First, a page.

So Lehman died in vain. Today, governments and central banks are celebrating their victorious stabilizing of the global financial system. To achieve the same, they could have saved Lehman with US$ 50 billion. Instead, they have spent trillions of dollars -- probably more than US$ 10 trillion when we get the final tally -- to reach the same objective. Meanwhile, a broader goal to reform the financial system has seen absolutely no progress.

First, let's look at the most basic objective of deleveraging the financial sector. Top executives on Wall Street talk about having cut leverage by half. That is actually due to an expanding equity capital base rather than shrinking assets. According to the Federal Reserve, total debt for the financial sector was US$ 16.5 trillion in the second quarter 2009 -- about the same as the US$ 16.6 trillion reported one year earlier. After the Lehman collapse, financial sector leverage increased due to Fed support. It has come down as the Fed pulled back some support, creating the perception of deleveraging. The basic conclusion is that financial sector debt is the same as it was a year ago, and the reduction in leverage is due to equity base expansion, partly due to government funding.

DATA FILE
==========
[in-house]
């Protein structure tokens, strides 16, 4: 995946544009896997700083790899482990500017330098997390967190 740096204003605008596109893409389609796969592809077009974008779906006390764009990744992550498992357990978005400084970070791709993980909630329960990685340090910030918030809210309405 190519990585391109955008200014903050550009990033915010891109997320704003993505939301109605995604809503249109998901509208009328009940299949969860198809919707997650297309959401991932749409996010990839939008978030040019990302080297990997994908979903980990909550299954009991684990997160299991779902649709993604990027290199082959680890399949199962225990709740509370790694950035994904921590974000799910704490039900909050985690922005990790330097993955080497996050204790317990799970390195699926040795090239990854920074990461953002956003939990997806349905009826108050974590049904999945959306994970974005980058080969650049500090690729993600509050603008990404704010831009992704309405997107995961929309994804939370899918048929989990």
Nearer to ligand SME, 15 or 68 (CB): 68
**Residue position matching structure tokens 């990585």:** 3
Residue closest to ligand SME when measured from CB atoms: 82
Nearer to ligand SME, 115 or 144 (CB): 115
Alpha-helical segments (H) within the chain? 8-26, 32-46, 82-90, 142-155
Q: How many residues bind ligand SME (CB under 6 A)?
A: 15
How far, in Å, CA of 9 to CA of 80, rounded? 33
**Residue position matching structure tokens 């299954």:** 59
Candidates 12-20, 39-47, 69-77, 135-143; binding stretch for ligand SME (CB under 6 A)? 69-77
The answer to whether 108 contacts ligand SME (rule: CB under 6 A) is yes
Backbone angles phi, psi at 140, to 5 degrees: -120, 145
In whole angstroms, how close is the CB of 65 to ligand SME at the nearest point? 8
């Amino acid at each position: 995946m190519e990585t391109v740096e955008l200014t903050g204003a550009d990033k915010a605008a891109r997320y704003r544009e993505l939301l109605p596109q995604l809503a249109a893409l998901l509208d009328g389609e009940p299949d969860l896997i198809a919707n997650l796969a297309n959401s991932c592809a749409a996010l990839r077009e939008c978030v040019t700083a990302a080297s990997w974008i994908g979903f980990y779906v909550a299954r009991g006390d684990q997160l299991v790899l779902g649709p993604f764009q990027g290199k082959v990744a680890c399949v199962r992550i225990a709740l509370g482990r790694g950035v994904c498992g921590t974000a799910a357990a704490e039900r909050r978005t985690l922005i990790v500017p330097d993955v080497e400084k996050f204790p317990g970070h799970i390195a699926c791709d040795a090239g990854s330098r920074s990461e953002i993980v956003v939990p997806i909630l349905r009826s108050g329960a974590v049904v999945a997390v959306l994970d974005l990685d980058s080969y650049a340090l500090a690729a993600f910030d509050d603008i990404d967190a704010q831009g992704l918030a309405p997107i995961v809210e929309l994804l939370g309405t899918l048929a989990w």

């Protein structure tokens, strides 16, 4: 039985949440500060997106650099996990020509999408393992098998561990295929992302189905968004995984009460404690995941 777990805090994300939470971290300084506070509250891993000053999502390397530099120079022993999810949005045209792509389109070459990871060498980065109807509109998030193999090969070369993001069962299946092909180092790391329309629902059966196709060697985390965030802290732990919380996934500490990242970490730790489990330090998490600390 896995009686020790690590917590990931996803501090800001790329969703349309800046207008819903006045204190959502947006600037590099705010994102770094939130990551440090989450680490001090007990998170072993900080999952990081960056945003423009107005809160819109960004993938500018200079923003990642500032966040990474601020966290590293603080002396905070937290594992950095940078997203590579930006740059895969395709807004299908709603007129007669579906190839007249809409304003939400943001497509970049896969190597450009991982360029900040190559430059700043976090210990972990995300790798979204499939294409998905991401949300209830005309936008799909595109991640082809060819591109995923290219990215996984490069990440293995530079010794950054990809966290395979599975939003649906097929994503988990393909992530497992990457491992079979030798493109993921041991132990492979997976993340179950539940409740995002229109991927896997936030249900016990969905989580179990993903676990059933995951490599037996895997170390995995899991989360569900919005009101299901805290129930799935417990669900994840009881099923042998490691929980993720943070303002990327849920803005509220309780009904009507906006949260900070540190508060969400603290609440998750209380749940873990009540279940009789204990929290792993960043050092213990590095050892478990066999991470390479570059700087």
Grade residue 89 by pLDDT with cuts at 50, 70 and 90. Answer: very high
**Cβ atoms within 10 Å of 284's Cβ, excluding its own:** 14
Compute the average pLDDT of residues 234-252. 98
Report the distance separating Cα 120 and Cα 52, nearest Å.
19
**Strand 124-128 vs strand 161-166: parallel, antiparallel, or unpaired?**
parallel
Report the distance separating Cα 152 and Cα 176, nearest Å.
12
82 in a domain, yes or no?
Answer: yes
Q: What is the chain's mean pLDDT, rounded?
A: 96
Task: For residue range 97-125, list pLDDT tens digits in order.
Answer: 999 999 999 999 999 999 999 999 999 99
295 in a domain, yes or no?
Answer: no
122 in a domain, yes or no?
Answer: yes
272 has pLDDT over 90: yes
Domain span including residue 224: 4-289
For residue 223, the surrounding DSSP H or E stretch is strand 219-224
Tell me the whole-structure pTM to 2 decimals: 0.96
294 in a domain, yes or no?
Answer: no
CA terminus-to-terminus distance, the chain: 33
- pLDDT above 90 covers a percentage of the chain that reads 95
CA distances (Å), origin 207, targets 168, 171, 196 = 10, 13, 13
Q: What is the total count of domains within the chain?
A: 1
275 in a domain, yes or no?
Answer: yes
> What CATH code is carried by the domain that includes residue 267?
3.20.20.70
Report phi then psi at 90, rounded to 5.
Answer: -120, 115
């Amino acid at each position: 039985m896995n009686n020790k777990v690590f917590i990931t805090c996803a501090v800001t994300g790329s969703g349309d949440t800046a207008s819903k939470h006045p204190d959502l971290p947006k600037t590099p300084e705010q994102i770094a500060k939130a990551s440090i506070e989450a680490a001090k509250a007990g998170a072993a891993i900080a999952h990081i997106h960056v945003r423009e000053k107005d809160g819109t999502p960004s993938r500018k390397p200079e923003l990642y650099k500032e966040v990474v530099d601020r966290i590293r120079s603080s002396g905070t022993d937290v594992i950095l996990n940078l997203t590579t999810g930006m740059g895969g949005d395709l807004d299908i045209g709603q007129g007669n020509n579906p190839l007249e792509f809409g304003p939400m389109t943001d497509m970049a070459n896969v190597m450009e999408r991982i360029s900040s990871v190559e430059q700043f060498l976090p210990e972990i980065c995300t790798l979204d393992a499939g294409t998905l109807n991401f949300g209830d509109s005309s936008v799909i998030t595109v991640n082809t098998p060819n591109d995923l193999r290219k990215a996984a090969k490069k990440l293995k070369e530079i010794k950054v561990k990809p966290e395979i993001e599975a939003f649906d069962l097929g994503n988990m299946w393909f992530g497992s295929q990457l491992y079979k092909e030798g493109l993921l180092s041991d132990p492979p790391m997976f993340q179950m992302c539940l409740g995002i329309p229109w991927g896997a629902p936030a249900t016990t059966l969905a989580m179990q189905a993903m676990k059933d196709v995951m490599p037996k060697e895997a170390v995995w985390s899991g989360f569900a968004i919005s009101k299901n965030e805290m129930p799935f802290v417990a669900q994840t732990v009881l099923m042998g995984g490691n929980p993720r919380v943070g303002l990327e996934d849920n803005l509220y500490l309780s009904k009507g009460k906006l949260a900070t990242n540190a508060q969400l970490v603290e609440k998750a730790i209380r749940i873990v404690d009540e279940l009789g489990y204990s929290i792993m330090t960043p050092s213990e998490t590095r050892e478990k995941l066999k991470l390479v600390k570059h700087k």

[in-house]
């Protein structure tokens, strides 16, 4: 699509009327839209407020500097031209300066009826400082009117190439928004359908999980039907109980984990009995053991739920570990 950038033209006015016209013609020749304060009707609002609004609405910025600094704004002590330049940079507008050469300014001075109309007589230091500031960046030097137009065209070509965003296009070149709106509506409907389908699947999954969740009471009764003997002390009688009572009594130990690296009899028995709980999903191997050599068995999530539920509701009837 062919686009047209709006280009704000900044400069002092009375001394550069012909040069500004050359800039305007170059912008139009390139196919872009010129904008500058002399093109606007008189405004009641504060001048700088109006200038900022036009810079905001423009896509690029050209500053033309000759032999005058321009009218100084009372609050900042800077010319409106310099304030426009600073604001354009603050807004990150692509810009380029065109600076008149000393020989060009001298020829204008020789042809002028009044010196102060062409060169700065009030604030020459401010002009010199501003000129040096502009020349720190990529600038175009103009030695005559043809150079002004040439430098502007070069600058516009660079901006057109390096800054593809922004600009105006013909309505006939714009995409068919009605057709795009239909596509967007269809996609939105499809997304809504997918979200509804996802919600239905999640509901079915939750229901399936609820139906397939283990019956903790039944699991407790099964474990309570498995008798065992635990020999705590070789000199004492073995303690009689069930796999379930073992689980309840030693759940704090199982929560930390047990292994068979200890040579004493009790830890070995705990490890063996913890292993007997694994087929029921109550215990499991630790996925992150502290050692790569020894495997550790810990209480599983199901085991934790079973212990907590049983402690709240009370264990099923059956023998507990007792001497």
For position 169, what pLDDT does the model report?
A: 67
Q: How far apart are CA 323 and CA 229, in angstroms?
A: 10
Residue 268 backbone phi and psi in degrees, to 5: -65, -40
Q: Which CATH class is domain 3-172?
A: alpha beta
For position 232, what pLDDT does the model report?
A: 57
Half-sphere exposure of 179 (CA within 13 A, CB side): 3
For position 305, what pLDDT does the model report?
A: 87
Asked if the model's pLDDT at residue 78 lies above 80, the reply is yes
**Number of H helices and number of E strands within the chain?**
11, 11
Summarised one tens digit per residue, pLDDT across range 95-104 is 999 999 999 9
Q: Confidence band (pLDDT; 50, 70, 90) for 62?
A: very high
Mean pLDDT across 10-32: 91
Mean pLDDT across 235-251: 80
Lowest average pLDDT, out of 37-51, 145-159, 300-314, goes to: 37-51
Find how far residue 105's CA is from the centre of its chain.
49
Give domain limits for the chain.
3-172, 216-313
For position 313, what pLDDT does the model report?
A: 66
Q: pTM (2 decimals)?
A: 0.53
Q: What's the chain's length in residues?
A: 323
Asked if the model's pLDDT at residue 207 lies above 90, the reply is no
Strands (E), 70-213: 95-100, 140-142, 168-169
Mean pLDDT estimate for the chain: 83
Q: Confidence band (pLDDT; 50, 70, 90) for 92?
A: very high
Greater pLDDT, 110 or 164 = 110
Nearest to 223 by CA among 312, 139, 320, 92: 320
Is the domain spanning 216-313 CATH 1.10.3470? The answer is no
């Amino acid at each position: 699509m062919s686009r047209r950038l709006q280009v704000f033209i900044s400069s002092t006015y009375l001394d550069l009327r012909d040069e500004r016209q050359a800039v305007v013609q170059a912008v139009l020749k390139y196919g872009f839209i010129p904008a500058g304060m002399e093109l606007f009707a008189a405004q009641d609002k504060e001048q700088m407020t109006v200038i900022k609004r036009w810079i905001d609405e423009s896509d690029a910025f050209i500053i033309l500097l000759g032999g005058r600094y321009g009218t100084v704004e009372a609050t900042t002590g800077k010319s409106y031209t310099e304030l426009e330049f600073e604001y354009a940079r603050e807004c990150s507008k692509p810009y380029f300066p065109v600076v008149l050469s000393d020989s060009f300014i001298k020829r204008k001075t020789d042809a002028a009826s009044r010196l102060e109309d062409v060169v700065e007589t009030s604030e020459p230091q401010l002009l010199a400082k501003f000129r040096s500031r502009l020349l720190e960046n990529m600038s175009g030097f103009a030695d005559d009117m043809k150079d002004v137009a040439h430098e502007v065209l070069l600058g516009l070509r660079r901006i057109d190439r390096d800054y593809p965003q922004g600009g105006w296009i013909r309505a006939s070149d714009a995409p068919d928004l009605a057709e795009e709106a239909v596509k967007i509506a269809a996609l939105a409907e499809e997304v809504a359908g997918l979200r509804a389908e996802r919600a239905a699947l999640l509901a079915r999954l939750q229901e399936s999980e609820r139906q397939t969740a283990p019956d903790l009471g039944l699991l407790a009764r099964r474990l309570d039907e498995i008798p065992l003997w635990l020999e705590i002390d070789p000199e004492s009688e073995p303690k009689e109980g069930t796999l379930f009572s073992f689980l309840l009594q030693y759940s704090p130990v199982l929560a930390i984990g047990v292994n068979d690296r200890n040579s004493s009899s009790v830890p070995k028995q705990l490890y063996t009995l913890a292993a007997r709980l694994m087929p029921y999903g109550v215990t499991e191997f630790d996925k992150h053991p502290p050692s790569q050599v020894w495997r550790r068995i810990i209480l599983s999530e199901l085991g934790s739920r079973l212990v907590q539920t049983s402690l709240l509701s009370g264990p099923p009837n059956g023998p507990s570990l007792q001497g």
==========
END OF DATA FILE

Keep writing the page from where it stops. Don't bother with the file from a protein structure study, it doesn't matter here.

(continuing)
Bank of England estimates $200T lost global output cost

Counting the Systemic Cost

One important dimension of the debate concerns the social costs of systemic risk. Determining the scale of these social costs provides a measure of the task ahead. It helps calibrate the intervention necessary to tackle systemic risk, whether through regulation or restrictions. So how big a pollutant is banking?

There is a large literature measuring the costs of past financial crises. This is typically done by evaluating either the fiscal or the foregone output costs of crisis. On either measure, the costs of past financial crises appear to be large and long-lived, often in excess of 10% of pre-crisis GDP.

What about the present crisis?

The narrowest fiscal interpretation of the cost of crisis would be given by the wealth transfer from the government to the banks as a result of the bailout. Plainly, there is a large degree of uncertainty about the eventual loss governments may face. But in the US, this is currently estimated to be around $100 billion, or less than 1% of US GDP. For US taxpayers, these losses are (almost exactly) a $100 billion question. In the UK, the direct cost may be less than £20 billion, or little more than 1% of GDP.